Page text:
In the news:
N. Y. probes virtual money to stem criminal use
Virtual currency is made up of digital bits and based on mathematical schemes that guard against counterfeiting. Bitcoin was started in 2009 as a currency free from government controls, an entirely digital means of exchange for a digital age.
The Associated Press
ALBANY, N.Y. — New York is trying to corral the “Wild West” atmosphere of virtual currencies such as Bitcoin and may create new regulations to keep the growing technology from being used in crimes.
Financial Services Superintendent Benjamin Lawsky’s inquiry is confirmed in a memo provided to The Associated Press on Monday.
“We have seen instances where the cloak of anonymity provided by virtual currencies has helped support dangerous criminal activity, such as drug smuggling, money laundering, gun running and child pornography,” Lawsky wrote. He described virtual currencies as a “Wild West” for criminals that could threaten national security.
He said the investigation could lead to regulations that would also benefit virtual currency, which called an innovative product and a legitimate business enterprise.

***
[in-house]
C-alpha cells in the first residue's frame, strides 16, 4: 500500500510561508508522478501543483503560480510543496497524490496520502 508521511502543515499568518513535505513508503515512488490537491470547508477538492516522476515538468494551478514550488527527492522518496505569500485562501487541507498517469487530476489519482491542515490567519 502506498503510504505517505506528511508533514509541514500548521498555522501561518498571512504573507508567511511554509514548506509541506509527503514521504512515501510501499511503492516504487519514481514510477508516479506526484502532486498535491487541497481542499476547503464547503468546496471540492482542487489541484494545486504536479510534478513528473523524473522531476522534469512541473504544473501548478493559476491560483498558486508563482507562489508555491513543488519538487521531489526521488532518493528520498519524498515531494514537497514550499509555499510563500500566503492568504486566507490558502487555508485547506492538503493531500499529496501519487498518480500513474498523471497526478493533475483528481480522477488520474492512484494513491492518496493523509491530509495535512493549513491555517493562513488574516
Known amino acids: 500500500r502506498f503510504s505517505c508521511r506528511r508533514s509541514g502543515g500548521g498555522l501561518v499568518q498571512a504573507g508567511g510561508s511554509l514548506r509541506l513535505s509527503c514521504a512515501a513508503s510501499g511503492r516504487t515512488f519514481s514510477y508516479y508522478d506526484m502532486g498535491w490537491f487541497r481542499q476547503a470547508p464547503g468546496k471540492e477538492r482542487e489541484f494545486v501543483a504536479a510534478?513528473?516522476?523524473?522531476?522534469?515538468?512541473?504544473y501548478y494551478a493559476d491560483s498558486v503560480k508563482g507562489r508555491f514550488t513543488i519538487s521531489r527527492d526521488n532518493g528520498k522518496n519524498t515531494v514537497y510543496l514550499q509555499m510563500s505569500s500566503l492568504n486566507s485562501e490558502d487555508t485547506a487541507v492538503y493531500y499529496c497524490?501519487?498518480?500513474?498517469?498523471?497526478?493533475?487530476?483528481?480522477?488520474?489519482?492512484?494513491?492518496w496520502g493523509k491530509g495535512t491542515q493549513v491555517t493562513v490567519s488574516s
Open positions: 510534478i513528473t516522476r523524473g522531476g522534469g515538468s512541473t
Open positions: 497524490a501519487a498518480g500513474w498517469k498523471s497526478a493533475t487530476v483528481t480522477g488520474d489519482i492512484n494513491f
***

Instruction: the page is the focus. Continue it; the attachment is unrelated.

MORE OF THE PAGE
Virtual currency is composed of digital bits and based on mathematical schemes that guard against counterfeiting.
Bitcoin was started in 2009 as a currency free from government controls, an entirely digital means of exchange for a digital age.
It’s a rapidly growing phenomenon that has taken root as a payment method on some websites for both legal and illegal goods.
A state official who spoke on condition of anonymity said 22 subpoenas were issued last week that seek records of anti-money laundering measures, consumer protections, and investment and promotional materials.
Lawsky said his department is considering whether it should issue new regulatory guidelines, rather than try to adjust current laws on legal tender to include the new technology.
Lawsky said he plans to meet with members of the virtual-currency industry before new regulations are created to protect consumers and national security.
Bitcoin is similar to the gold-standard monetary system in force before modern central banking began in the 1930s.
Under the gold standard, each unit of currency was worth a certain amount of gold, leaving governments few means to increase the amount of currency in circulation.
No country uses the gold standard today, but some libertarians want to revive it and see Bitcoin as a modern-day alternative or complement.